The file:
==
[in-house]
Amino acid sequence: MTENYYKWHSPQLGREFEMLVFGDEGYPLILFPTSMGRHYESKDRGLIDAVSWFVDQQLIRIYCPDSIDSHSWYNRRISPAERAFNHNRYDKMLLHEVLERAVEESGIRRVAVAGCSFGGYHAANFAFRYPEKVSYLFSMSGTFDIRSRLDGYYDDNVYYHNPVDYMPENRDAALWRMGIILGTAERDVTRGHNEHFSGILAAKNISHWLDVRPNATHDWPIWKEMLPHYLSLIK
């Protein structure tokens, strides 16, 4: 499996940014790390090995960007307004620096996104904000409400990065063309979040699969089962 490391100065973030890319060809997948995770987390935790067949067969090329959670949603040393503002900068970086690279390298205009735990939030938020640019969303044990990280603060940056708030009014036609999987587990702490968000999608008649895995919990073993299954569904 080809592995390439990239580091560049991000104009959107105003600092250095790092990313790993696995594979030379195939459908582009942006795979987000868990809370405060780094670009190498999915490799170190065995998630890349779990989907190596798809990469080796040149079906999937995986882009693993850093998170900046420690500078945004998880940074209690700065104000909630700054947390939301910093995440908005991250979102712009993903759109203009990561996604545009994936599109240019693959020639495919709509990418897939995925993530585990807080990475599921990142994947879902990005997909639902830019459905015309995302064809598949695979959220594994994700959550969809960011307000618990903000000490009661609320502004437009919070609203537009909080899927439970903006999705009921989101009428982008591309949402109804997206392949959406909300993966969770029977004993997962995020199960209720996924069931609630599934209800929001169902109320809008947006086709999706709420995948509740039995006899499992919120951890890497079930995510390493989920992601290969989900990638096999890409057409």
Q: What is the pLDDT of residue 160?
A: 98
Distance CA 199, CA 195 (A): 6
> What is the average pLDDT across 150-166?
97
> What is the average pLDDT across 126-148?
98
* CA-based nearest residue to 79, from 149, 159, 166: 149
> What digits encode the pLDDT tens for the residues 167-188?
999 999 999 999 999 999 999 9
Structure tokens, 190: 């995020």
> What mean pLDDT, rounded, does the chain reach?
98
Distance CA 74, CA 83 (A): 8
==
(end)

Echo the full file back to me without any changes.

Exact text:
[in-house]
Amino acid sequence: MTENYYKWHSPQLGREFEMLVFGDEGYPLILFPTSMGRHYESKDRGLIDAVSWFVDQQLIRIYCPDSIDSHSWYNRRISPAERAFNHNRYDKMLLHEVLERAVEESGIRRVAVAGCSFGGYHAANFAFRYPEKVSYLFSMSGTFDIRSRLDGYYDDNVYYHNPVDYMPENRDAALWRMGIILGTAERDVTRGHNEHFSGILAAKNISHWLDVRPNATHDWPIWKEMLPHYLSLIK
């Protein structure tokens, strides 16, 4: 499996940014790390090995960007307004620096996104904000409400990065063309979040699969089962 490391100065973030890319060809997948995770987390935790067949067969090329959670949603040393503002900068970086690279390298205009735990939030938020640019969303044990990280603060940056708030009014036609999987587990702490968000999608008649895995919990073993299954569904 080809592995390439990239580091560049991000104009959107105003600092250095790092990313790993696995594979030379195939459908582009942006795979987000868990809370405060780094670009190498999915490799170190065995998630890349779990989907190596798809990469080796040149079906999937995986882009693993850093998170900046420690500078945004998880940074209690700065104000909630700054947390939301910093995440908005991250979102712009993903759109203009990561996604545009994936599109240019693959020639495919709509990418897939995925993530585990807080990475599921990142994947879902990005997909639902830019459905015309995302064809598949695979959220594994994700959550969809960011307000618990903000000490009661609320502004437009919070609203537009909080899927439970903006999705009921989101009428982008591309949402109804997206392949959406909300993966969770029977004993997962995020199960209720996924069931609630599934209800929001169902109320809008947006086709999706709420995948509740039995006899499992919120951890890497079930995510390493989920992601290969989900990638096999890409057409």
Q: What is the pLDDT of residue 160?
A: 98
Distance CA 199, CA 195 (A): 6
> What is the average pLDDT across 150-166?
97
> What is the average pLDDT across 126-148?
98
* CA-based nearest residue to 79, from 149, 159, 166: 149
> What digits encode the pLDDT tens for the residues 167-188?
999 999 999 999 999 999 999 9
Structure tokens, 190: 């995020």
> What mean pLDDT, rounded, does the chain reach?
98
Distance CA 74, CA 83 (A): 8